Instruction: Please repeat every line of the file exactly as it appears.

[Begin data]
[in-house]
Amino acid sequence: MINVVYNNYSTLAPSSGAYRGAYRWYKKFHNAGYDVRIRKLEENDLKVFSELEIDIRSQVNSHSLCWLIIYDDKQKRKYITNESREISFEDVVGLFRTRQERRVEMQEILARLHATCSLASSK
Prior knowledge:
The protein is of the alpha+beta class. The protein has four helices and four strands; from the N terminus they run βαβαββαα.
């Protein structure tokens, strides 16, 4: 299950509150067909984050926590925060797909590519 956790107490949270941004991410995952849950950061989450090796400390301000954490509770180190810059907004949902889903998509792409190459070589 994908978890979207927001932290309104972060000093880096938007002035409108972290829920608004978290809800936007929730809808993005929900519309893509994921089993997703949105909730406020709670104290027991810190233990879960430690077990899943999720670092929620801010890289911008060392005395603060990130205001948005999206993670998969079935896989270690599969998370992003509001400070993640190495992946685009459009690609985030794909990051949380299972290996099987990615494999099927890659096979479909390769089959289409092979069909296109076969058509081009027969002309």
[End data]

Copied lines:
[in-house]
Amino acid sequence: MINVVYNNYSTLAPSSGAYRGAYRWYKKFHNAGYDVRIRKLEENDLKVFSELEIDIRSQVNSHSLCWLIIYDDKQKRKYITNESREISFEDVVGLFRTRQERRVEMQEILARLHATCSLASSK
Prior knowledge:
The protein is of the alpha+beta class. The protein has four helices and four strands; from the N terminus they run βαβαββαα.
């Protein structure tokens, strides 16, 4: 299950509150067909984050926590925060797909590519 956790107490949270941004991410995952849950950061989450090796400390301000954490509770180190810059907004949902889903998509792409190459070589 994908978890979207927001932290309104972060000093880096938007002035409108972290829920608004978290809800936007929730809808993005929900519309893509994921089993997703949105909730406020709670104290027991810190233990879960430690077990899943999720670092929620801010890289911008060392005395603060990130205001948005999206993670998969079935896989270690599969998370992003509001400070993640190495992946685009459009690609985030794909990051949380299972290996099987990615494999099927890659096979479909390769089959289409092979069909296109076969058509081009027969002309």